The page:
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    @Micha - Clients should register their DHCP leased IP addresses with DNS at startup, when the lease changes, or when the lease is renewed. If memory serves, every time a network connection is reconnected after being disconnected, it should query DHCP whereupon it will be assigned the same IP address (assuming the lease hasn't expired). What I can't remember is if this fires off a DNS update like a renewal would. I'm in the processing of building a test lab. When I get a second, I'll test the default behavior and get back to you. Nov 28, 2012 at 21:06
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    @Lizz (and Micha) - Sorry. I got distracted and then forgot all about my promised research. Based on my tests, a connection will indeed re-register its IP address with DNS every time it’s connected. I'll try to provide a more thorough response in answer to your post... Jan 7, 2013 at 5:15

1 Answer 1


This post reiterates some of what we've already discussed in the comments under your original post for the benefit of others, but goes further to (hopefully) address your issue.

A DHCP server leases IP addresses to clients based on the clients reported MAC address. So, if a computer has two network interfaces, LAN & WLAN (Wireless LAN), each with its own MAC address, you can end up with two DHCP leases. Both leases will report the same computer name, but if you examine the MAC address (or Unique ID), you’ll note they are actually different records.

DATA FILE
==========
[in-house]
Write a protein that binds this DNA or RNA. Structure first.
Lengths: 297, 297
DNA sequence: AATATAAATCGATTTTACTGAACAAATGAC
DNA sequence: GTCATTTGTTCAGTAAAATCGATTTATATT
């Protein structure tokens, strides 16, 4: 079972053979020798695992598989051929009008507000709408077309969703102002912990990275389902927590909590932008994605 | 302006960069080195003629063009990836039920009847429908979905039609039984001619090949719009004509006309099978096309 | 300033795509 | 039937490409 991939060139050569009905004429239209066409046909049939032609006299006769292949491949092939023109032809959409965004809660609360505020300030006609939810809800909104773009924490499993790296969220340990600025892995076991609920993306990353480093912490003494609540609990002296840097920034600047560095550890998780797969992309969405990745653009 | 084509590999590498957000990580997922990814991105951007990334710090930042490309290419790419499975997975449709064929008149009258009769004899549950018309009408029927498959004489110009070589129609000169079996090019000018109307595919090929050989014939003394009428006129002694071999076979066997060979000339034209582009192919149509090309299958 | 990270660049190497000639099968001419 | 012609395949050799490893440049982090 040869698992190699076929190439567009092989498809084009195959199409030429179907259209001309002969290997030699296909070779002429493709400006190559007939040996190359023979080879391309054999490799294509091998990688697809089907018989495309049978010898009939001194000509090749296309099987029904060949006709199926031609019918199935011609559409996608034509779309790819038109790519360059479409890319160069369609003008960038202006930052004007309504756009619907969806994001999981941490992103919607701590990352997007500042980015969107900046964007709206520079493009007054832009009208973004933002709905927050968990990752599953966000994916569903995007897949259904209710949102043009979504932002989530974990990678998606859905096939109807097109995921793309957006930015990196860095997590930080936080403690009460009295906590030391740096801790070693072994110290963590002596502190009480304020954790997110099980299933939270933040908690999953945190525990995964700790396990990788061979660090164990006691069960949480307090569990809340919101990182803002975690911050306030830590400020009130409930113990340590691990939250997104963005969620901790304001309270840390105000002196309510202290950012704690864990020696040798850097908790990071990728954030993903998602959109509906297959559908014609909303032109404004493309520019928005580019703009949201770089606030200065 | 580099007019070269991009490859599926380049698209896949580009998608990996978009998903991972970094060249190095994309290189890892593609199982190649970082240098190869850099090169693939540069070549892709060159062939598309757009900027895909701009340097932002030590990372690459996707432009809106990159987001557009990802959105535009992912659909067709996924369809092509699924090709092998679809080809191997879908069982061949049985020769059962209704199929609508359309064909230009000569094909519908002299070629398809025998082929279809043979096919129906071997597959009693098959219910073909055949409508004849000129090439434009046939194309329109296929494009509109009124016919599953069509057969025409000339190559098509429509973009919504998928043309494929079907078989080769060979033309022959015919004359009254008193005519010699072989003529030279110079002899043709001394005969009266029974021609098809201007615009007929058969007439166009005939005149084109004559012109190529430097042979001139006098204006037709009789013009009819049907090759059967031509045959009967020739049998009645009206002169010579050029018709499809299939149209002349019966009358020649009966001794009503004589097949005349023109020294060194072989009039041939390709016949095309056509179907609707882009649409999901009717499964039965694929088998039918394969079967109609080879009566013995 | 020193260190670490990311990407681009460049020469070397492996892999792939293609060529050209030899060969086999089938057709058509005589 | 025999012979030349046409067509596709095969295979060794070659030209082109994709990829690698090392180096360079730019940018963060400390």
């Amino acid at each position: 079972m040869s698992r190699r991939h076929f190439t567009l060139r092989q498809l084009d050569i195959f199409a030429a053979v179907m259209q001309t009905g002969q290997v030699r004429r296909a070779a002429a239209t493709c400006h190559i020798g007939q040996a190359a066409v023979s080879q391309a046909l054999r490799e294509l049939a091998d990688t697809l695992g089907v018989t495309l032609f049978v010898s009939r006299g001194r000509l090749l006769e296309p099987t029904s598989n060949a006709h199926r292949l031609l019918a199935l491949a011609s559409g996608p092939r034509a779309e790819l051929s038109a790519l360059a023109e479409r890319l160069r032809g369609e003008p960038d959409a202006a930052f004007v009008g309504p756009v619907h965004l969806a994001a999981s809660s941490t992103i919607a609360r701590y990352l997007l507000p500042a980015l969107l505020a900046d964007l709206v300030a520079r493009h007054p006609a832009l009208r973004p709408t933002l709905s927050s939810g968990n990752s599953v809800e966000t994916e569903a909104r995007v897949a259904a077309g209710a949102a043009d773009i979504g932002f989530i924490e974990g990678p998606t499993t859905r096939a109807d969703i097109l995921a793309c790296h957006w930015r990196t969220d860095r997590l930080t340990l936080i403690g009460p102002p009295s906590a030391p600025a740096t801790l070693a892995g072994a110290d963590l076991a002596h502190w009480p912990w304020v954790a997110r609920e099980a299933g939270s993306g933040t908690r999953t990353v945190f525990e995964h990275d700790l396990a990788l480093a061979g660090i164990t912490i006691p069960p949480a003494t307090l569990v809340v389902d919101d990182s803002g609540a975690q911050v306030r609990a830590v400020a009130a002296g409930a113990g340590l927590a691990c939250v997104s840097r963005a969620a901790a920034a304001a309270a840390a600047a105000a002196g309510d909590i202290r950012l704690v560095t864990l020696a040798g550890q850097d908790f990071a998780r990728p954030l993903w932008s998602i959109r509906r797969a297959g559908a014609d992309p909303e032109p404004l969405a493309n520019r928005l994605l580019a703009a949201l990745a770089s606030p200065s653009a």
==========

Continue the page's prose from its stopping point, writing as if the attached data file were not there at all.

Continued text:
In short, the answer to your question is yes – a laptop’s hostname can be associated with both of its interfaces? However, there are a few caveats.

Once the client receives a leased IP address from DHCP, one of several things can happen in regard to DNS registration:

  • The Windows client will attempt to register its IP address with DNS using the DNS suffix supplied by the DHCP server.
  • Depending on how it’s configured, the DHCP server might attempt to register the leased IP address with the local DNS service on behalf of the client.